The maternal and child health indicators from the last EMMUS V survey, show that Haiti, in spite of progress made, has the highest child mortality rates in the American region, with a 88 deaths per 1000 live births for children under five (EMMUS V, 2012).
per 1,000 live births under-five mortality 2012
per 1,000 live births under-five mortality 2004
One of the main health-related challenges in the country is universal health coverage due to the significant inequities between healthcare provided in urban and rural areas.
Before the earthquake, 47% of the population had no access to health care because of the extremely centralized nature of the health system. The earthquake impacted numerous health facilities, worsening the situation for the population. The HIV prevalence rate is approximately 3% for pregnant women, yet only half of them receive antiretroviral treatment (ARVs) to prevent mother-to-child transmission. 7% of children under the age of one have never been vaccinated, a sign that it is necessary to reach the most inaccessible people in the health sector. UNICEF’s goal is that girls, boys, adolescents and women, particularly the most vulnerable, receive universal health coverage and use integrated health services.
In the case of maternal mortality, the statistics from the World Health Organization (WHO) estimated 350 maternal deaths for 100 000 live births in 2012*, which places the country far behind its neighbors in the region.
The main challenges
- Child and maternal mortality rates in Haiti remain very high compared with those of other countries in the Caribbean and the Latin America region.
- Neonatal mortality (children dying before their first month) is a great challenge for the reduction of child mortality.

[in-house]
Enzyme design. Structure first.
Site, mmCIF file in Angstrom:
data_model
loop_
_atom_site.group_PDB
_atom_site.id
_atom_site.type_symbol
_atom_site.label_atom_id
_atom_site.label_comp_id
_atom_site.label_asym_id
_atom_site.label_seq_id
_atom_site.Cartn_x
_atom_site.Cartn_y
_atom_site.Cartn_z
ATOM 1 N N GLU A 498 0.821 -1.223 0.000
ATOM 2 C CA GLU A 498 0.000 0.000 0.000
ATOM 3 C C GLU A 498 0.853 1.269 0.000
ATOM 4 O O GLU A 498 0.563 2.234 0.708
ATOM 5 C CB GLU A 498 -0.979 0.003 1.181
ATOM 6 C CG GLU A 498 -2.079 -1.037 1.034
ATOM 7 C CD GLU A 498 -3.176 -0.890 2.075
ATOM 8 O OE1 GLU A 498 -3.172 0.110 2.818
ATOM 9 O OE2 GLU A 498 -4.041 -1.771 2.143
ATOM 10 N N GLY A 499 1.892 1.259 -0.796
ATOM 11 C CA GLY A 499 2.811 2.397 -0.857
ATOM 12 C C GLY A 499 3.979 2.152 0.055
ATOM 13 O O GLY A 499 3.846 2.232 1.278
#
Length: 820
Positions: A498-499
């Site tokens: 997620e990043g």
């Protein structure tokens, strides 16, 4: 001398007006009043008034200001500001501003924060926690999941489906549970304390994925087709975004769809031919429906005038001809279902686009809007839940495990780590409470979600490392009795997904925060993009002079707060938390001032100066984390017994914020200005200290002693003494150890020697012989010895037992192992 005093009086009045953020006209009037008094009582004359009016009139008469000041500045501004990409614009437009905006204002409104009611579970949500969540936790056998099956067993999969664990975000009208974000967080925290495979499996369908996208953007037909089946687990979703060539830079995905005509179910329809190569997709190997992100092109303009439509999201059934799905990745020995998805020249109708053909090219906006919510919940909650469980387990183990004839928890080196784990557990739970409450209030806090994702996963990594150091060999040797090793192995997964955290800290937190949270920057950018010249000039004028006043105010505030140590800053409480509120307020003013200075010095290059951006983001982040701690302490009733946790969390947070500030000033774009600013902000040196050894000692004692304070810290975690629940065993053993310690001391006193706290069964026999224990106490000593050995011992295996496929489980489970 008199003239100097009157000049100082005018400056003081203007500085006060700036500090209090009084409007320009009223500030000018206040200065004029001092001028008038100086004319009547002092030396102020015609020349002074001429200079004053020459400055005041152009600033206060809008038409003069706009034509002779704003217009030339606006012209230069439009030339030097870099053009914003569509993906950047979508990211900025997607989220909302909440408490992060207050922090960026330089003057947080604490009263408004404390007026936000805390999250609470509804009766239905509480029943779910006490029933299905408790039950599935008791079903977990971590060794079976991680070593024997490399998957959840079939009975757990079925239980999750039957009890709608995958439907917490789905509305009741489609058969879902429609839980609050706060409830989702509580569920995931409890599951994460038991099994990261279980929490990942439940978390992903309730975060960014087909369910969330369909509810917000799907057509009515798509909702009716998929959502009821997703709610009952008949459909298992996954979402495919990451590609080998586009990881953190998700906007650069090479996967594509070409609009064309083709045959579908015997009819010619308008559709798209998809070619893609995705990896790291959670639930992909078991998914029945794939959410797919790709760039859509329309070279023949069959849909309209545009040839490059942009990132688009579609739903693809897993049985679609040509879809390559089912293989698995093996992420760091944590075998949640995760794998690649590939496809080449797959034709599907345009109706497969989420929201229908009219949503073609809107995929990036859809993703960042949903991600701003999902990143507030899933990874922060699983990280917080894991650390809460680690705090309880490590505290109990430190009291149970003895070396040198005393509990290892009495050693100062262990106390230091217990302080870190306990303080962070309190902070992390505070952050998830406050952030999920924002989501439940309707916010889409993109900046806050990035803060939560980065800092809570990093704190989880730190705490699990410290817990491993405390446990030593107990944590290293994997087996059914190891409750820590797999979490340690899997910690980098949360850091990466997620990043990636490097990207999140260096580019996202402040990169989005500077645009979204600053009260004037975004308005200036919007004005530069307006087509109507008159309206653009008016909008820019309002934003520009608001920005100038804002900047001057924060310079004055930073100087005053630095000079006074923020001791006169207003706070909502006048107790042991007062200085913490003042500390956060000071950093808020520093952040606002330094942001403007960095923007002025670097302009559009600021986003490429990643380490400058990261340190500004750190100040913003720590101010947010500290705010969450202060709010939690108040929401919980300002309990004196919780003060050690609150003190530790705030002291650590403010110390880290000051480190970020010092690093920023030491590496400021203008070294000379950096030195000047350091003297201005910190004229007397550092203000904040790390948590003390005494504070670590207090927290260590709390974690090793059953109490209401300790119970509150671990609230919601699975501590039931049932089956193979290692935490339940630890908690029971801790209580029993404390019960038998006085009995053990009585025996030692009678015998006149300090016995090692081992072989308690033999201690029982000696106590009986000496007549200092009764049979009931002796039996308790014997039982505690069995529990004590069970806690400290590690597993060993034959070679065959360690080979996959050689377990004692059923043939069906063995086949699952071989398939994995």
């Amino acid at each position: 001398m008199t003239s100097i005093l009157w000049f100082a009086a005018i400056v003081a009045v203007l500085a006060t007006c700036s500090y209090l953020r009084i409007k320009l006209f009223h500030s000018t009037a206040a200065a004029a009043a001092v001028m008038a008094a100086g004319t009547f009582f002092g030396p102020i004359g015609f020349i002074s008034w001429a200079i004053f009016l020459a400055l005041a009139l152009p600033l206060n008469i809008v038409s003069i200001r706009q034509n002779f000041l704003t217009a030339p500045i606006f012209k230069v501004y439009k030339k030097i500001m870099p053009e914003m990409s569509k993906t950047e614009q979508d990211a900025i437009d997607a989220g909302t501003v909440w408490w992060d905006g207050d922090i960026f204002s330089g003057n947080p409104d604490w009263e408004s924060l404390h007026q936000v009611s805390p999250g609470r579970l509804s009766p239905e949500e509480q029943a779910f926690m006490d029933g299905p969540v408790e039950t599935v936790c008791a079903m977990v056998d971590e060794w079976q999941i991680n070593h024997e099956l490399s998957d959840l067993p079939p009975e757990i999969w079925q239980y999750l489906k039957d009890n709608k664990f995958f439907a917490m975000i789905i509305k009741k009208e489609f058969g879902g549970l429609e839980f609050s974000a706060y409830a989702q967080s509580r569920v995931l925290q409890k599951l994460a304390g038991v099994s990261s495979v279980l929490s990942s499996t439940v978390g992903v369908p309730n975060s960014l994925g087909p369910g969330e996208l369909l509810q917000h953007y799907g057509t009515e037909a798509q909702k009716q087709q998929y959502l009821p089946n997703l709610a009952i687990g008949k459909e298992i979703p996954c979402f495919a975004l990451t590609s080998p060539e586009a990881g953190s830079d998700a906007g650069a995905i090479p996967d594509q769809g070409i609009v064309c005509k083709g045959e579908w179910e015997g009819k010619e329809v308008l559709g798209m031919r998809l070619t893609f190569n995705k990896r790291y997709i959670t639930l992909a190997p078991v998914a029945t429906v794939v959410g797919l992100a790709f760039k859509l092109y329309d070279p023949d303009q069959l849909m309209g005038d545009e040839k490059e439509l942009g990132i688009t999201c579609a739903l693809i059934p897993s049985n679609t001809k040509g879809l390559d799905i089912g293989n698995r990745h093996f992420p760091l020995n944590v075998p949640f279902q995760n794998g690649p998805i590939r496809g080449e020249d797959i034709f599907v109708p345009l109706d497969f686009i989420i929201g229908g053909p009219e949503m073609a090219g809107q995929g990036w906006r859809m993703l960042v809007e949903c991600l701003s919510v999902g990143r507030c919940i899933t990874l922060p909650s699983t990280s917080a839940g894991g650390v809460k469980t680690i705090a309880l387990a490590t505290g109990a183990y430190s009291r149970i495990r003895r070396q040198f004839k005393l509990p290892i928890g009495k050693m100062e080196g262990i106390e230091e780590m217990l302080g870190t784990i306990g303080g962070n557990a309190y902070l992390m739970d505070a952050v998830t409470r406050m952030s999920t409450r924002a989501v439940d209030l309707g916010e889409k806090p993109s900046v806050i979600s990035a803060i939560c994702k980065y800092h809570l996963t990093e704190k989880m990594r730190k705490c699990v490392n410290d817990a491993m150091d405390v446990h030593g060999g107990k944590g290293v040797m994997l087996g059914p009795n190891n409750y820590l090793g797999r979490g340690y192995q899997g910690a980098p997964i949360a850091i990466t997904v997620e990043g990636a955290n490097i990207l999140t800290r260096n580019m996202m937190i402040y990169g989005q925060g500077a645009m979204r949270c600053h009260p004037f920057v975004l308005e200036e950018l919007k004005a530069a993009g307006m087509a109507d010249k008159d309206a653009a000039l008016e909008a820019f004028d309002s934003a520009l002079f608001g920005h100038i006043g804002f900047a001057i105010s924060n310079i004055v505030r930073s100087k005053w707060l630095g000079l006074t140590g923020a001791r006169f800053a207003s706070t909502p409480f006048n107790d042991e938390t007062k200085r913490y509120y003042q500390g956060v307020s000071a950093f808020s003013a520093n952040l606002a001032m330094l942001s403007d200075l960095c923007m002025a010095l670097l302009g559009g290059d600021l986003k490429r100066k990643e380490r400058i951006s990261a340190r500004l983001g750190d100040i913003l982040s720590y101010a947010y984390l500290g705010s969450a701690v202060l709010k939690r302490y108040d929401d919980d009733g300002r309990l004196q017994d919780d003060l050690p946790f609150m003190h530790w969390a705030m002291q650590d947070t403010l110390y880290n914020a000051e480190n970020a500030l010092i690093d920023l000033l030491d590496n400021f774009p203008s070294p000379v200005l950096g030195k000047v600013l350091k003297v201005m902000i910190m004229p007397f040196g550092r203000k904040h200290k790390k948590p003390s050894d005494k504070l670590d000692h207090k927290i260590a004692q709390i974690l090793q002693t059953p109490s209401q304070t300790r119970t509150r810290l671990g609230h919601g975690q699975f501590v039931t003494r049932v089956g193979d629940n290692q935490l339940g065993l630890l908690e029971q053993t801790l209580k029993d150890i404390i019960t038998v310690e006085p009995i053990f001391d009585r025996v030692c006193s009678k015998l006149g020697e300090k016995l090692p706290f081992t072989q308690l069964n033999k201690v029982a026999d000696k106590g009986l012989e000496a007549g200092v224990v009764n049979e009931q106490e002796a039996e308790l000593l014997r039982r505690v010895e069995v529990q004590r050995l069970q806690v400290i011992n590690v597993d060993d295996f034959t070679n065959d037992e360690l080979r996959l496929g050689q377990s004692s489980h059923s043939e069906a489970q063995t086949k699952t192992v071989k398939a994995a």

- There is very little access to basic services, particularly in rural areas.
- There is an insufficient number of health practitioners.
UNICEF focuses on strengthening the capacities of the Ministry of Public Health and Population (MSPP) in three priority areas:
- Reinforcing routine vaccination in the most hard-to-reach areas by focusing on the RED (Reach Each District) approach;
- Basic emergency obstetric and neonatal care, focusing on newborn care;
- Preventing mother-to-child transmission of HIV/AIDS (PMTCT), focusing on eradicating pediatric AIDS by 2015.
UNICEF will focus on supporting the MSPP in its efforts to prevent and control cholera and will concentrate on communication for development in order to ensure that key health practices are adopted within the community.
In the area of health, UNICEF plans on progressively moving from an emergency programme to a development programme in order to:
- Allow the continuity of care through a series of interventions (adolescents/youth, pregnant women, newborn and children) and the implementation of a quality reference system in order to improve access to basic health care services;
- Strengthen the capacities of health personnel at all levels to improve the management of the health sector.
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